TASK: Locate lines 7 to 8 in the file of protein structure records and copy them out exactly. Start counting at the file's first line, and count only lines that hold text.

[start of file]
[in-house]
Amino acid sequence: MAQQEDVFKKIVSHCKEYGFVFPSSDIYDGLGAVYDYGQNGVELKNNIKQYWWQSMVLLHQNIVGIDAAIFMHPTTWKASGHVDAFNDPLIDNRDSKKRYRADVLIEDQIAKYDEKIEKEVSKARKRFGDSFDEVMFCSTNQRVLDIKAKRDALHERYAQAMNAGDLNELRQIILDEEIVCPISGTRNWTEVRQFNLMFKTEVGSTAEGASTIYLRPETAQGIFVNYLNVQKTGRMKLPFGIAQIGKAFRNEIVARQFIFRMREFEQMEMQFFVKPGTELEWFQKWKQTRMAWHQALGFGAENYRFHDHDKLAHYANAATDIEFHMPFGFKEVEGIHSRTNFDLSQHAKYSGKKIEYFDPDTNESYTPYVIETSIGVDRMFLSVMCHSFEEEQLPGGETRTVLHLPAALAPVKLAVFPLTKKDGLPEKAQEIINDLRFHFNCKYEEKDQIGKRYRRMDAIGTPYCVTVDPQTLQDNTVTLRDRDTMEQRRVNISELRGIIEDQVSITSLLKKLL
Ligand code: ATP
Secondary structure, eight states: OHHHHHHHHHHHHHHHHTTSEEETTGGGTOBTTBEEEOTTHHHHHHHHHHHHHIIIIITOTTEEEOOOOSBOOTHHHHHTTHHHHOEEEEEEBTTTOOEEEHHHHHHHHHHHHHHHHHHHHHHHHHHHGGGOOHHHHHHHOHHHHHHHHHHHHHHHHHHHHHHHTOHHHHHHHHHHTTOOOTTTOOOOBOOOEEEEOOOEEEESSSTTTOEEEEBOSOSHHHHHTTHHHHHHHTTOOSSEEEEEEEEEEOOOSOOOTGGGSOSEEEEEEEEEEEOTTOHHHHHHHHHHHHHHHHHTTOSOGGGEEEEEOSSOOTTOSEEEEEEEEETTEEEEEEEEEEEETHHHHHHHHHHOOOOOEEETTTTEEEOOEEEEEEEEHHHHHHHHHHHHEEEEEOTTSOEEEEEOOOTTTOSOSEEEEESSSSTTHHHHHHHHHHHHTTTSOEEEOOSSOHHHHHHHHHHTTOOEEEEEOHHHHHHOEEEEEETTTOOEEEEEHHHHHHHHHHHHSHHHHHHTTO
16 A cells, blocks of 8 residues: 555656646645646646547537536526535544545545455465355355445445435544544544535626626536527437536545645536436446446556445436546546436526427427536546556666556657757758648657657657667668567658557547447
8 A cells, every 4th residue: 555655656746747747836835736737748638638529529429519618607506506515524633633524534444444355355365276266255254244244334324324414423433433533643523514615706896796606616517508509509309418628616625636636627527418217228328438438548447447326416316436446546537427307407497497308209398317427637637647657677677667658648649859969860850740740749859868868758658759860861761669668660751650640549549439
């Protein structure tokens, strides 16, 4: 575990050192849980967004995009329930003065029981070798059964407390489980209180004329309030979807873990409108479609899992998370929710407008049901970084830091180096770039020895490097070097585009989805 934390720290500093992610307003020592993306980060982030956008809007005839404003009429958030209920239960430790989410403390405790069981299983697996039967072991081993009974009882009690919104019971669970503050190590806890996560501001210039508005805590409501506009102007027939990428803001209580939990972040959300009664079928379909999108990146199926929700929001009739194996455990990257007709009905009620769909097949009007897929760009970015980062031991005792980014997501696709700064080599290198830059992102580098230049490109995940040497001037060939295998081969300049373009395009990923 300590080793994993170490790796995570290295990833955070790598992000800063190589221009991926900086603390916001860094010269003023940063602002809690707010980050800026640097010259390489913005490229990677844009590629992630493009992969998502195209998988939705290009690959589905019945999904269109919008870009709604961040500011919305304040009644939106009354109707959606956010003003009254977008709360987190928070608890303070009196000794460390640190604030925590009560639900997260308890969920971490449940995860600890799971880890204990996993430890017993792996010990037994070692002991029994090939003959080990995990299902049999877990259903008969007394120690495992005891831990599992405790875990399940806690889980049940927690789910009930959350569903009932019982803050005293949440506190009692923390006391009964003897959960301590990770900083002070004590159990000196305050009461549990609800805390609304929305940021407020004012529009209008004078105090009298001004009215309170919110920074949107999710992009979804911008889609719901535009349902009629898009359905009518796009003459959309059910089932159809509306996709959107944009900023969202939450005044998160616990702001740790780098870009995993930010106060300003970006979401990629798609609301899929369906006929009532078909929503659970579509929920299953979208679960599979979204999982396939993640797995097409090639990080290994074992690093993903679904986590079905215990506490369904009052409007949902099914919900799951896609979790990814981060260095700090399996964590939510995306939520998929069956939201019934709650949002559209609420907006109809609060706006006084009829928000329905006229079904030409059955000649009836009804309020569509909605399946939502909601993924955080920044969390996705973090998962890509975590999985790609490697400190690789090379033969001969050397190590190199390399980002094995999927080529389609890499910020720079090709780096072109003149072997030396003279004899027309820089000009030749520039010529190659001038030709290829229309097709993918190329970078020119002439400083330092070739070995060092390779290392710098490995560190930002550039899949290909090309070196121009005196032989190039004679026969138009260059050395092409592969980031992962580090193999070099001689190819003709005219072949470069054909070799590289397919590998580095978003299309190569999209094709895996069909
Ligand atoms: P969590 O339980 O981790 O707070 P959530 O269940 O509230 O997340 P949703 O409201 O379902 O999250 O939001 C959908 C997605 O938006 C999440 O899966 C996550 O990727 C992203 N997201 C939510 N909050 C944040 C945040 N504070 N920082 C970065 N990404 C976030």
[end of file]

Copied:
């Protein structure tokens, strides 16, 4: 575990050192849980967004995009329930003065029981070798059964407390489980209180004329309030979807873990409108479609899992998370929710407008049901970084830091180096770039020895490097070097585009989805 934390720290500093992610307003020592993306980060982030956008809007005839404003009429958030209920239960430790989410403390405790069981299983697996039967072991081993009974009882009690919104019971669970503050190590806890996560501001210039508005805590409501506009102007027939990428803001209580939990972040959300009664079928379909999108990146199926929700929001009739194996455990990257007709009905009620769909097949009007897929760009970015980062031991005792980014997501696709700064080599290198830059992102580098230049490109995940040497001037060939295998081969300049373009395009990923 300590080793994993170490790796995570290295990833955070790598992000800063190589221009991926900086603390916001860094010269003023940063602002809690707010980050800026640097010259390489913005490229990677844009590629992630493009992969998502195209998988939705290009690959589905019945999904269109919008870009709604961040500011919305304040009644939106009354109707959606956010003003009254977008709360987190928070608890303070009196000794460390640190604030925590009560639900997260308890969920971490449940995860600890799971880890204990996993430890017993792996010990037994070692002991029994090939003959080990995990299902049999877990259903008969007394120690495992005891831990599992405790875990399940806690889980049940927690789910009930959350569903009932019982803050005293949440506190009692923390006391009964003897959960301590990770900083002070004590159990000196305050009461549990609800805390609304929305940021407020004012529009209008004078105090009298001004009215309170919110920074949107999710992009979804911008889609719901535009349902009629898009359905009518796009003459959309059910089932159809509306996709959107944009900023969202939450005044998160616990702001740790780098870009995993930010106060300003970006979401990629798609609301899929369906006929009532078909929503659970579509929920299953979208679960599979979204999982396939993640797995097409090639990080290994074992690093993903679904986590079905215990506490369904009052409007949902099914919900799951896609979790990814981060260095700090399996964590939510995306939520998929069956939201019934709650949002559209609420907006109809609060706006006084009829928000329905006229079904030409059955000649009836009804309020569509909605399946939502909601993924955080920044969390996705973090998962890509975590999985790609490697400190690789090379033969001969050397190590190199390399980002094995999927080529389609890499910020720079090709780096072109003149072997030396003279004899027309820089000009030749520039010529190659001038030709290829229309097709993918190329970078020119002439400083330092070739070995060092390779290392710098490995560190930002550039899949290909090309070196121009005196032989190039004679026969138009260059050395092409592969980031992962580090193999070099001689190819003709005219072949470069054909070799590289397919590998580095978003299309190569999209094709895996069909
Ligand atoms: P969590 O339980 O981790 O707070 P959530 O269940 O509230 O997340 P949703 O409201 O379902 O999250 O939001 C959908 C997605 O938006 C999440 O899966 C996550 O990727 C992203 N997201 C939510 N909050 C944040 C945040 N504070 N920082 C970065 N990404 C976030």